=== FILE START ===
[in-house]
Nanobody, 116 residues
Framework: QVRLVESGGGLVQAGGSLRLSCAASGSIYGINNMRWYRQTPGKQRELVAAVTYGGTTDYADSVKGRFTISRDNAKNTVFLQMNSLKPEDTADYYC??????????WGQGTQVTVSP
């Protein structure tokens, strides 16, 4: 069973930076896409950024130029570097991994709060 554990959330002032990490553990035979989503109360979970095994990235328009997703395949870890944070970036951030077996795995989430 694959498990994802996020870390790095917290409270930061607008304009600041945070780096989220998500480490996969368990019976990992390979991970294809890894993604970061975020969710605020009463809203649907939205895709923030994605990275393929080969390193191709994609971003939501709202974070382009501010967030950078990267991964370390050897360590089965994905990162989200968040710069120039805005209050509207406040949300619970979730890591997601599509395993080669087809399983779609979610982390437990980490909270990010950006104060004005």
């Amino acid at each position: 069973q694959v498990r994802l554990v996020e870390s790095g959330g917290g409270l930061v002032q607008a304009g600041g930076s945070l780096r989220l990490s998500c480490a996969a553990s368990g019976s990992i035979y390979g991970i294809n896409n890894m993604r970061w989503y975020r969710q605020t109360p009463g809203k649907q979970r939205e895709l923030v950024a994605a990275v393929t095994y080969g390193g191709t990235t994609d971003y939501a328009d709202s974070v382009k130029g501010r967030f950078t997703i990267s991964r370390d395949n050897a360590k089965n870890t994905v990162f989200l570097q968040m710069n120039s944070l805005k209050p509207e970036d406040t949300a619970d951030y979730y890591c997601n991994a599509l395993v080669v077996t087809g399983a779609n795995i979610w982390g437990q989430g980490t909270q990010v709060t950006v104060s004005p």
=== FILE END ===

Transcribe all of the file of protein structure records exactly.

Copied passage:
[in-house]
Nanobody, 116 residues
Framework: QVRLVESGGGLVQAGGSLRLSCAASGSIYGINNMRWYRQTPGKQRELVAAVTYGGTTDYADSVKGRFTISRDNAKNTVFLQMNSLKPEDTADYYC??????????WGQGTQVTVSP
């Protein structure tokens, strides 16, 4: 069973930076896409950024130029570097991994709060 554990959330002032990490553990035979989503109360979970095994990235328009997703395949870890944070970036951030077996795995989430 694959498990994802996020870390790095917290409270930061607008304009600041945070780096989220998500480490996969368990019976990992390979991970294809890894993604970061975020969710605020009463809203649907939205895709923030994605990275393929080969390193191709994609971003939501709202974070382009501010967030950078990267991964370390050897360590089965994905990162989200968040710069120039805005209050509207406040949300619970979730890591997601599509395993080669087809399983779609979610982390437990980490909270990010950006104060004005």
């Amino acid at each position: 069973q694959v498990r994802l554990v996020e870390s790095g959330g917290g409270l930061v002032q607008a304009g600041g930076s945070l780096r989220l990490s998500c480490a996969a553990s368990g019976s990992i035979y390979g991970i294809n896409n890894m993604r970061w989503y975020r969710q605020t109360p009463g809203k649907q979970r939205e895709l923030v950024a994605a990275v393929t095994y080969g390193g191709t990235t994609d971003y939501a328009d709202s974070v382009k130029g501010r967030f950078t997703i990267s991964r370390d395949n050897a360590k089965n870890t994905v990162f989200l570097q968040m710069n120039s944070l805005k209050p509207e970036d406040t949300a619970d951030y979730y890591c997601n991994a599509l395993v080669v077996t087809g399983a779609n795995i979610w982390g437990q989430g980490t909270q990010v709060t950006v104060s004005p």